APRIL 15, 1947

Jackie Robinson

Jackie Robinson broke through the color barrier in Major League Baseball, becoming the first Black player in the 20th century. 

Born in Cairo, Georgia, Robinson lettered in four sports at UCLA – football, basketball, baseball and track. After time in the military, he played for the Kansas City Monarchs in the Negro Leagues. After his success there, Dodgers general manager Branch Rickey signed Robinson, and the legendary baseball player started for Montreal, where he integrated the International League. 

In addition to his Hall of Fame career, he was active in the civil rights movement and became the first Black TV analyst in Major League Baseball and the first Black vice president of a major American corporation. In recognition of his achievements, Robinson was posthumously awarded the Presidential Medal of Freedom and the Congressional Gold Medal. Major League Baseball has retired his number “42,” which became the title of the movie about his breakthrough.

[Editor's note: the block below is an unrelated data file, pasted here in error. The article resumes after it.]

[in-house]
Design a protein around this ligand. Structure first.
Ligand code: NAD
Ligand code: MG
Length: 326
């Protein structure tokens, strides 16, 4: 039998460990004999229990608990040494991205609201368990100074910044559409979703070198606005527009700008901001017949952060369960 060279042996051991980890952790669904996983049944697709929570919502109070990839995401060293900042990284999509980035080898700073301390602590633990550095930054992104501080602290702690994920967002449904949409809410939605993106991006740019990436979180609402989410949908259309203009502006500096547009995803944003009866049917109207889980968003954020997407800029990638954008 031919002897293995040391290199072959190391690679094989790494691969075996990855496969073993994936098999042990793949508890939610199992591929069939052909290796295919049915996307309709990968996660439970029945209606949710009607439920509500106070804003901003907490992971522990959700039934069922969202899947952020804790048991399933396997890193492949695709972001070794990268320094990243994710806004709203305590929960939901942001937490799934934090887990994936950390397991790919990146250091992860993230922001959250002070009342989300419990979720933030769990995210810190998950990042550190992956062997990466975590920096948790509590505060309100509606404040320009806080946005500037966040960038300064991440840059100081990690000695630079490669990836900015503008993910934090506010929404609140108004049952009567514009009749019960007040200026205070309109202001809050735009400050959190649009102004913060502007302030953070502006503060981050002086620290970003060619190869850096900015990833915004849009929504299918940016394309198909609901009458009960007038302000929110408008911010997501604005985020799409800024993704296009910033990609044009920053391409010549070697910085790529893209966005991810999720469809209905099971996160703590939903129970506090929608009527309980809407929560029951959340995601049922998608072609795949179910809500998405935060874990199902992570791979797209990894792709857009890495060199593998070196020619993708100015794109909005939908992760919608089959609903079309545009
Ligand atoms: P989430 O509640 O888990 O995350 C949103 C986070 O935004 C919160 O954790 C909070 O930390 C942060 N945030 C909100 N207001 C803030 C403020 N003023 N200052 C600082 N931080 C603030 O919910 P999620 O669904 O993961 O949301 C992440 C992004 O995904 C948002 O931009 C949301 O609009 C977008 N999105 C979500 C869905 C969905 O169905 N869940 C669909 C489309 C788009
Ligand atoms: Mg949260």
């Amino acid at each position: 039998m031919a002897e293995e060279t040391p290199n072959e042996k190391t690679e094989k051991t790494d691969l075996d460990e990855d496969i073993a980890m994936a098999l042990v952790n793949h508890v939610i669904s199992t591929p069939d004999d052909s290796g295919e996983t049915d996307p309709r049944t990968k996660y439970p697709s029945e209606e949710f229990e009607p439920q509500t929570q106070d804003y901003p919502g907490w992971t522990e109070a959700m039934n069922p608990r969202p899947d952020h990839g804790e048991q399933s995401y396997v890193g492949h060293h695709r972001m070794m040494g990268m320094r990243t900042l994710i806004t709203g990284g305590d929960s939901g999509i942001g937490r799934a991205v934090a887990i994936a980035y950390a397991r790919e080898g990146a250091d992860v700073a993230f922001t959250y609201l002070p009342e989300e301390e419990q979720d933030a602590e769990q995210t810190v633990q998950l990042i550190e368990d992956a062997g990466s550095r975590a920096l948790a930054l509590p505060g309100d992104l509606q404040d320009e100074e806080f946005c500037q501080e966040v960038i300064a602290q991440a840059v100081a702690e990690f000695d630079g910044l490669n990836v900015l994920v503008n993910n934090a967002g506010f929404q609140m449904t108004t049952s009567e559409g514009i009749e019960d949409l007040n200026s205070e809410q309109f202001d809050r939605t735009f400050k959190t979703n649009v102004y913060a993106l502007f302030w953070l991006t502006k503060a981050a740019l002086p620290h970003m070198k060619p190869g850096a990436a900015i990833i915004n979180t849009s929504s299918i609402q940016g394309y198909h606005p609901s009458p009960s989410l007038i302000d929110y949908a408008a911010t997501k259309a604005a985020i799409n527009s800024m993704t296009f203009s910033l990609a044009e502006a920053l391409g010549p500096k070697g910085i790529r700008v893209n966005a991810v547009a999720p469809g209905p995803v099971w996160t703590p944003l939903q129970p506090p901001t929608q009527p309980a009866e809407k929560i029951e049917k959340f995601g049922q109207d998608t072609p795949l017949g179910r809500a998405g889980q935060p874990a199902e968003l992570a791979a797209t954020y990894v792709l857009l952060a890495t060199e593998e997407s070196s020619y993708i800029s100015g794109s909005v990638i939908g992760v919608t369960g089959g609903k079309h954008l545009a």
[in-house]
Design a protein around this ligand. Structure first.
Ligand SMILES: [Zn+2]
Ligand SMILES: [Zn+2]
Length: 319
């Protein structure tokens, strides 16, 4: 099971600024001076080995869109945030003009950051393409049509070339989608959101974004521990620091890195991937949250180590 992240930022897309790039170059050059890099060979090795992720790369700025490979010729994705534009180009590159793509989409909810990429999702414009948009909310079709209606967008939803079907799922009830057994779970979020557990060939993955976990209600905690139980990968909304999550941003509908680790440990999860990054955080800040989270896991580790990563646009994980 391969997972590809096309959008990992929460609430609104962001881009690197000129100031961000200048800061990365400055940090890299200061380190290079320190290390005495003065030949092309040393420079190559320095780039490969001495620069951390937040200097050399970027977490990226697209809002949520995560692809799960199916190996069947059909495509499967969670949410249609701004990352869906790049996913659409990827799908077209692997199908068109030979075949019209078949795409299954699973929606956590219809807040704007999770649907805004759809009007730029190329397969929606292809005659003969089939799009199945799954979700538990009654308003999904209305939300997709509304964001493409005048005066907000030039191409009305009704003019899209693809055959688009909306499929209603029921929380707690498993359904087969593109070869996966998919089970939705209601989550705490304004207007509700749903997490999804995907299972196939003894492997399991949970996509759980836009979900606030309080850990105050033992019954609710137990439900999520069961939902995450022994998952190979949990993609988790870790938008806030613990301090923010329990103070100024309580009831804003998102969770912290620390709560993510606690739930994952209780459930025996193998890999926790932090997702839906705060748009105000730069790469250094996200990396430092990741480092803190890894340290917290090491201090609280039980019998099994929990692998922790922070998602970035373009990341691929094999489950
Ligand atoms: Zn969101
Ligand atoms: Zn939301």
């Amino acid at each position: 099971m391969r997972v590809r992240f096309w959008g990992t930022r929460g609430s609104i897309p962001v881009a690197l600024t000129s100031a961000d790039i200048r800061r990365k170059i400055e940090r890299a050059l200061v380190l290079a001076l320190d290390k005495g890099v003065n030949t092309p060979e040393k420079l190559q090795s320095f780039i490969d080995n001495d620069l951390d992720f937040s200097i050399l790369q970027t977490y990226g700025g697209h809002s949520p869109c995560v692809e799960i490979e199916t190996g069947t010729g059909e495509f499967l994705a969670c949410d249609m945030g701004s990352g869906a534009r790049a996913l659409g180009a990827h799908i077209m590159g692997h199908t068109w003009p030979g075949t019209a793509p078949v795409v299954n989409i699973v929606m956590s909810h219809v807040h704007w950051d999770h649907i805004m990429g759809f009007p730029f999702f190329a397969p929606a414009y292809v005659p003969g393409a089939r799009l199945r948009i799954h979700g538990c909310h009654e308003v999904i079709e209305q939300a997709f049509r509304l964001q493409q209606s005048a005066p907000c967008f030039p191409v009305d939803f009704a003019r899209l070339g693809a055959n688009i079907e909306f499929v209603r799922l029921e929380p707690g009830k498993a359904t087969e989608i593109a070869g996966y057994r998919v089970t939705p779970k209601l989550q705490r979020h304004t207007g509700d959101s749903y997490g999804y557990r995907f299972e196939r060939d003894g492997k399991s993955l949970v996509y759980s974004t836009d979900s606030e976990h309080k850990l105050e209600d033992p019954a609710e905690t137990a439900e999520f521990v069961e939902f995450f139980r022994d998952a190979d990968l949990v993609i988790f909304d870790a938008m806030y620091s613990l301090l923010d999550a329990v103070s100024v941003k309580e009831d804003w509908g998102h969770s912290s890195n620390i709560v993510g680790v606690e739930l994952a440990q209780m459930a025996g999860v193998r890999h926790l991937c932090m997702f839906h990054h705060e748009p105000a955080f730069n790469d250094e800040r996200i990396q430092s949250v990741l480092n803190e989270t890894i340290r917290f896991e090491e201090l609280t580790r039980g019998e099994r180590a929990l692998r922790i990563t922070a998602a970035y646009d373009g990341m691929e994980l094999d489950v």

Ken Burns’ four-hour documentary reveals that Robinson did more than just break the color barrier — he became a leader for equal rights for all Americans.

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The stories of investigative reporter Jerry Mitchell have helped put four Klansmen and a serial killer behind bars. His stories have also helped free two people from death row, exposed injustices and corruption, prompting investigations and reforms as well as the firings of boards and officials. He is a Pulitzer Prize finalist, a longtime member of Investigative Reporters & Editors, and a winner of more than 30 other national awards, including a $500,000 MacArthur “genius” grant. After working for three decades for the statewide Clarion-Ledger, Mitchell left in 2019 and founded the Mississippi Center for Investigative Reporting.